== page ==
The purpose of this study was to compare clinical outcomes (as judged by the Lysholm score and the International Knee Documentation Committee [IKDC] scores) and objective results (as judged by KT-2000 arthrometer testing, Lachman examination, and pivot-shift examination) of anterior cruciate ligament reconstructions in which two different grafts were used: bone-patellar tendon-bone and four-strand hamstring autograft. Patients were divided into two groups: those with excessive joint laxity and those without. Joint laxity was defined as having four of five positive findings, including, at a minimum, hyperextension of the contralateral knee, in accordance with the Beighton and Horan criteria1. The authors concluded that patients who had excessive joint laxity, regardless of gender, had a better two-year outcome after anterior cruciate ligament reconstruction when bone-patellar tendon-bone autograft was used rather than four-bundle hamstring autograft. The main determining criteria for this conclusion involved side-to-side difference in anterior laxity and clinical results.
In this commentary, I will discuss this paper and its findings in the context of its potential relevance to the treatment of anterior cruciate ligament injuries and the selection of anterior cruciate ligament grafts.
The literature currently has a number of studies that suggest that, in comparison with men, women have greater tibiofemoral joint laxity (as defined by anterior knee laxity and genu recurvatum) and less joint resistance to translation and rotation2-4. Additional literature supports the concept that there are gender differences in knee laxity, and that these differences are menstrual-cycle dependent5. In the study by Kim et al., female patients were overrepresented in the group of patients with hyperlaxity (twenty-one of thirty-one patients, or 68%). Female patients were also overrepresented in the subgroup of hyperlaxity patients that received hamstring grafts (eight of eleven patients, or 73% of that subgroup), as compared with the percentage of female patients in the entire study group (fifty of 117, or 43%).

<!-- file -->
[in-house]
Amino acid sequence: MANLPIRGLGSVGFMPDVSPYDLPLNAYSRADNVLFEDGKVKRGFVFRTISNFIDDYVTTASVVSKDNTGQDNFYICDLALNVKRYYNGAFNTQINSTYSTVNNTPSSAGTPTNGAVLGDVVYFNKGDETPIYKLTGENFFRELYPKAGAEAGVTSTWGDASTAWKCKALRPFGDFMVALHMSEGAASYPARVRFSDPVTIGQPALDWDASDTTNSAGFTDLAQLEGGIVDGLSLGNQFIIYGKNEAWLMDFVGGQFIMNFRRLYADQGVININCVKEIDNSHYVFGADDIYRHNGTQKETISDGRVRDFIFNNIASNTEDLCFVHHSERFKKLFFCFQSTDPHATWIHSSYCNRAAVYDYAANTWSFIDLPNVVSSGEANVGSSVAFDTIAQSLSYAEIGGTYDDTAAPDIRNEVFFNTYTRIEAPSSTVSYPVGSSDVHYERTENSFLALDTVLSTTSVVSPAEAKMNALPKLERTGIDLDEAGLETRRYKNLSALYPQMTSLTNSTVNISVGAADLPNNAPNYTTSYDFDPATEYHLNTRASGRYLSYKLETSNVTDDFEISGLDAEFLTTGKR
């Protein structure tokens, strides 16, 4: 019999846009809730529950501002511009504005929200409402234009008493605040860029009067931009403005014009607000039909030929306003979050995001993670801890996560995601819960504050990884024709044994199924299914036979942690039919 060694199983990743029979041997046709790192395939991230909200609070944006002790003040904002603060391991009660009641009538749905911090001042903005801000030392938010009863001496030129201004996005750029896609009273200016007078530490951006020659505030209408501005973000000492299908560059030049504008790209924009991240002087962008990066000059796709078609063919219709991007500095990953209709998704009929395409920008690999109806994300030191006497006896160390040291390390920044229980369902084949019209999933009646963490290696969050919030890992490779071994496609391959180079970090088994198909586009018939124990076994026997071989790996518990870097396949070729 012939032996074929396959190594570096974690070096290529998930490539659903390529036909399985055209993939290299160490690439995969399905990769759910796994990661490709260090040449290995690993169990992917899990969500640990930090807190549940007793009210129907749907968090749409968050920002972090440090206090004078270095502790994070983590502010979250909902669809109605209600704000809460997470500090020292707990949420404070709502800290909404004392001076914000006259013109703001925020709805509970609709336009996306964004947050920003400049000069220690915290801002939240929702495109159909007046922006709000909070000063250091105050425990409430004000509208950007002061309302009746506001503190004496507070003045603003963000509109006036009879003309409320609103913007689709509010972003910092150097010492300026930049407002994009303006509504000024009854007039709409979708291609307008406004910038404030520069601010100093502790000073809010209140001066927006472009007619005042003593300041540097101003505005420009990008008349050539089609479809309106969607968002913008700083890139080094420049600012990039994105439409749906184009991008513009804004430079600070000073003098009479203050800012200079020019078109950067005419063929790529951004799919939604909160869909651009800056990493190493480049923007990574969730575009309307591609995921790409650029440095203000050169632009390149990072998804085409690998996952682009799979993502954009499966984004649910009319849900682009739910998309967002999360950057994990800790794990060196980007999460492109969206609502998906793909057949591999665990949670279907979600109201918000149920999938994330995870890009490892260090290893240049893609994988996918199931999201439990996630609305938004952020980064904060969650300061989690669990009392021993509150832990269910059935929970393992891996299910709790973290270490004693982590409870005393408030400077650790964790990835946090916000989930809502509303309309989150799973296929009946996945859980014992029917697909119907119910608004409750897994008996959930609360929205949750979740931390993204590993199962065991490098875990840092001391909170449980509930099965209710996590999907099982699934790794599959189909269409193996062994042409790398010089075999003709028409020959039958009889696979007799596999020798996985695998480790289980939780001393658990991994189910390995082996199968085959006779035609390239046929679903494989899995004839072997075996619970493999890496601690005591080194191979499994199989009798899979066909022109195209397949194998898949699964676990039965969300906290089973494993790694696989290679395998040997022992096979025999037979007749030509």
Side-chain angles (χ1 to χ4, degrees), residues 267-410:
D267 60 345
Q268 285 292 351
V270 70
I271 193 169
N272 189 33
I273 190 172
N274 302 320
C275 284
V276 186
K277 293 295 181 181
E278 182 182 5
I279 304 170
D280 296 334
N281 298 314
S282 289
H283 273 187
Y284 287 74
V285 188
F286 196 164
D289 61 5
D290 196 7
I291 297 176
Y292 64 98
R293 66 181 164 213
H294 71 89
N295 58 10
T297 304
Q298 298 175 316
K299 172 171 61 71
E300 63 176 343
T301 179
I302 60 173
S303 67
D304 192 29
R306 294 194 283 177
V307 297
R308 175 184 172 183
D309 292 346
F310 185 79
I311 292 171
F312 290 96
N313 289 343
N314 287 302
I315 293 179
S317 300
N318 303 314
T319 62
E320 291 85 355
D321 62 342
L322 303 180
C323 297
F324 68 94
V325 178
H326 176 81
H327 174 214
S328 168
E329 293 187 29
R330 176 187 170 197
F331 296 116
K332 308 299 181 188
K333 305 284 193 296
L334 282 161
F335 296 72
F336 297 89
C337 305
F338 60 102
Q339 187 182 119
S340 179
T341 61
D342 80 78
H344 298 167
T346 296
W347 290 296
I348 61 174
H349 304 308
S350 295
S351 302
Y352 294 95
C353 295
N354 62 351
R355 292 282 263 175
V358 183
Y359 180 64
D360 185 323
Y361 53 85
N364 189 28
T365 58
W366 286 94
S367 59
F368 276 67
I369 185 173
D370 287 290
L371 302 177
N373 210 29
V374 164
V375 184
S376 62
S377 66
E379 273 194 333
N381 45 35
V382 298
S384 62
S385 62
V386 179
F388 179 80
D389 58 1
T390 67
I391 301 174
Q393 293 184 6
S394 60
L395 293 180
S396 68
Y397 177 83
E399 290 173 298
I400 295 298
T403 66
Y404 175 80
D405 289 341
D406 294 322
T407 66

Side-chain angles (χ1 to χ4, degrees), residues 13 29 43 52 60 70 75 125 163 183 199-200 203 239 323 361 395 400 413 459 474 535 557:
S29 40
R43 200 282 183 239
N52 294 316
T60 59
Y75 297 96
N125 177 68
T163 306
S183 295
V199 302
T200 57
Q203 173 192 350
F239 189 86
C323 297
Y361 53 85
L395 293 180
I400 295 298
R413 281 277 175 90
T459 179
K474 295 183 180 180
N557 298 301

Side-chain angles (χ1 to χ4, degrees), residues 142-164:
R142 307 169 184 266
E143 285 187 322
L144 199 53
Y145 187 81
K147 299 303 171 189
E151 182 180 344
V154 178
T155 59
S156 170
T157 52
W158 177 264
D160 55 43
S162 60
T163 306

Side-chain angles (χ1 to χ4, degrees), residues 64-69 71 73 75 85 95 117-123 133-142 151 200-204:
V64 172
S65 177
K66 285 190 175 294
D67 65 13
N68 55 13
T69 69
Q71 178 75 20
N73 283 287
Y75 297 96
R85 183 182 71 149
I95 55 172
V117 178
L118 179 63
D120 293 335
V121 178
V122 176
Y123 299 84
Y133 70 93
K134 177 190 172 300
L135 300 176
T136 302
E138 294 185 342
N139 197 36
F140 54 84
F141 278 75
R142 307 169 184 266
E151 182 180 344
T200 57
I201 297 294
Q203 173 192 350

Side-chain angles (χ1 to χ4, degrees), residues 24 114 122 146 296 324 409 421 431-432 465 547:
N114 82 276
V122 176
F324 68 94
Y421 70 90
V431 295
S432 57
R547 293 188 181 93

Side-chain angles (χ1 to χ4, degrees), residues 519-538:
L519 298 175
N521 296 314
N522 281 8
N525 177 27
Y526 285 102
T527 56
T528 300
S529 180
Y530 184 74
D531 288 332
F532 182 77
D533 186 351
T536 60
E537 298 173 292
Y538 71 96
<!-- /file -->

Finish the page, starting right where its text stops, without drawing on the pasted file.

Progressive laxity, as judged with use of KT-2000 arthrometer testing and Lachman examination, has been reported over the course of several years in patients with anterior cruciate ligament reconstruction. This laxity is most obvious for female sex and for patients in whom four-strand hamstring grafts have been used6. In the study by Kim et al., however, gender did not appear to be a factor in progressive joint laxity—in patients of either sex, the results of anterior cruciate ligament reconstruction with a hamstring autograft were inferior to those associated with the use of a bone-patellar tendon-bone construct.
From the work of Rodeo et al.7, we understand that soft-tissue healing within a bone tunnel takes longer than healing of autogenous bone-patellar tendon-bone grafts. This study, as well as others, supports the assumption that tendinous grafts within a bone tunnel heal through a fibrous tissue envelope rather than through a firm osseous attachment. This finding has been implicated as a possible reason for the increased laxity seen in four-strand hamstring anterior cruciate ligament grafts. The study by Kim et al., however, suggests that, for the subgroup of patients with hyperlaxity, another factor may be responsible for this increased laxity.
The findings of this paper suggest that knee-joint laxity and hypermobility are related and that knees with hypermobility may have certain healing-phase characteristics that promote laxity of the hamstring graft tissue, resulting in increased anterior laxity at the fixation level, the graft incorporation level, or both.
Certainly, hormones have been implicated as a factor. We recognize that graft incorporation and healing may be influenced by a number of factors, including hormonal control, collagen turnover, and muscle-tendon anatomy, architecture, and matrix, which may explain differences both with and without regard to gender difference. The fact that increased graft laxity is more common in individuals with hyperlaxity, regardless of sex, suggests that some characteristics of collagen-structure healing in individuals with hyperlaxity may be altered. In those individuals, there may be a predisposition to slower healing times or less robust collagen-matrix incorporation to the degree that laxity of the ultimate incorporated tendon structure is the end result.
The major limitations of this paper are that the selection process was not randomized with regard to the type of graft to be used, the authors did not state their criteria for determination of graft choice, and there were unequal numbers of men and women represented in each group. In addition, the hamstring grafts were underrepresented in each group. This fact notwithstanding, this study suggests a fruitful area of potential research with regard to the healing characteristics of grafts when placed into different joint environments. This paper explores the concept that certain anatomic characteristics might factor into the equation that will supply the answer as to which anterior cruciate ligament graft type will be best for individual patients.
*The author did not receive any outside funding or grants in support of her research for or preparation of this work. Neither she nor a member of her immediate family received payments or other benefits or a commitment or agreement to provide such benefits from a commercial entity. No commercial entity paid or directed, or agreed to pay or direct, any benefits to any research fund, foundation, division, center, clinical practice, or other charitable or nonprofit organization with which the author, or a member of her immediate family, is affiliated or associated.
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